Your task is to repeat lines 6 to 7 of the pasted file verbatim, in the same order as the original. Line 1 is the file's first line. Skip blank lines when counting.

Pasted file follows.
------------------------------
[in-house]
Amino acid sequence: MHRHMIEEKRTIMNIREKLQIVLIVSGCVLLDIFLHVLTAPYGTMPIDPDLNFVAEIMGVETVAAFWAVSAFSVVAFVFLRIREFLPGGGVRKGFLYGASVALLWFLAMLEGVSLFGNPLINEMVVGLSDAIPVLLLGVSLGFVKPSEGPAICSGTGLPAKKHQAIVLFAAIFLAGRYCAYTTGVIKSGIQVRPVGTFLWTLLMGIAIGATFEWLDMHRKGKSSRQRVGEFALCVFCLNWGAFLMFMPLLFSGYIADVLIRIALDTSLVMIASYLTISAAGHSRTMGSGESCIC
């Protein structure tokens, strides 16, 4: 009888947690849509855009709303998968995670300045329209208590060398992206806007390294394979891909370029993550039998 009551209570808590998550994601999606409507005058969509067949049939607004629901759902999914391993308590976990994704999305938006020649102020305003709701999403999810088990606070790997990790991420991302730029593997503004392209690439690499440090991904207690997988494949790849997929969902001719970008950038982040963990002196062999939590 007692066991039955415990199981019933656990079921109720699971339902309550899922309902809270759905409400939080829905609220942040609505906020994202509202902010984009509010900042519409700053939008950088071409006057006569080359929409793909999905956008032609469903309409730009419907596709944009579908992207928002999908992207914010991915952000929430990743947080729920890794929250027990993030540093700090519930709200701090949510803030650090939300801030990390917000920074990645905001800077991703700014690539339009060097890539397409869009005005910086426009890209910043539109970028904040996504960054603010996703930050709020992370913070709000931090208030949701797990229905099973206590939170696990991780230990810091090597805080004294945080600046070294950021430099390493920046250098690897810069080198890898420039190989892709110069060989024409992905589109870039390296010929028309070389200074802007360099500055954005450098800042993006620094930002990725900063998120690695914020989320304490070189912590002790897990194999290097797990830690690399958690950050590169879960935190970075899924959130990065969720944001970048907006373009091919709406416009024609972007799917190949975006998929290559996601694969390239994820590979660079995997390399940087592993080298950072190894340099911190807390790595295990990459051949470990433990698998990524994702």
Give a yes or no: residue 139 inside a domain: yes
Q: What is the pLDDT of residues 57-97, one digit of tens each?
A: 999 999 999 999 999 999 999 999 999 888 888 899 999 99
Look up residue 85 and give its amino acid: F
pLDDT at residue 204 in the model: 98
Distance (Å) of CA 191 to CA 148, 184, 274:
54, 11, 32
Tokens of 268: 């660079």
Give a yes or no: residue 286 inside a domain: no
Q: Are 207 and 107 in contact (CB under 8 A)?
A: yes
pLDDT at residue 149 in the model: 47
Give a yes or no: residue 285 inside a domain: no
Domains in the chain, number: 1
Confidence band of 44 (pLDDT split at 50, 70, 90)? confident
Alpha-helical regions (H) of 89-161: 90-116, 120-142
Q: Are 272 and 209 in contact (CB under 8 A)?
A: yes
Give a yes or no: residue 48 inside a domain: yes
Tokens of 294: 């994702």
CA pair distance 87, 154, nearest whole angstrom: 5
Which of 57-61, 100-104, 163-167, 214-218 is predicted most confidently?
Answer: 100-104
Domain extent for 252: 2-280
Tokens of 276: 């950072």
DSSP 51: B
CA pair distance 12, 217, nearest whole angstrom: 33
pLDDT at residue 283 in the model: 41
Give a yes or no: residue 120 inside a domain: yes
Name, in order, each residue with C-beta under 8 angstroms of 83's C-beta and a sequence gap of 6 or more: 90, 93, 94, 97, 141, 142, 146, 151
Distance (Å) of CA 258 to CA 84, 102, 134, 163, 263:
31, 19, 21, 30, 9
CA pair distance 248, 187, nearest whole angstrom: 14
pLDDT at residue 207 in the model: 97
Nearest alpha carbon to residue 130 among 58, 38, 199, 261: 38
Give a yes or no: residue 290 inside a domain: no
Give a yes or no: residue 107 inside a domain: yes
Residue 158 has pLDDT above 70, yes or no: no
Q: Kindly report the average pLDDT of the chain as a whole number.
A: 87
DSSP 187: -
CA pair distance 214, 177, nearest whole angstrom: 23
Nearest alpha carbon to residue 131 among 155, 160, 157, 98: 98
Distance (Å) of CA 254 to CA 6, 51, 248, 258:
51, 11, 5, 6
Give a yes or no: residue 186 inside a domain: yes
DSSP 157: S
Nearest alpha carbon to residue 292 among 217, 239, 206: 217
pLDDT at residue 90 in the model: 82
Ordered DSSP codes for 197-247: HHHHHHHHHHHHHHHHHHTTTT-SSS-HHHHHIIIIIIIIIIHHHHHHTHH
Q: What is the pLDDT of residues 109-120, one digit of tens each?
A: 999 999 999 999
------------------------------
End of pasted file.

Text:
A: 999 999 999 999 999 999 999 999 999 888 888 899 999 99
Look up residue 85 and give its amino acid: F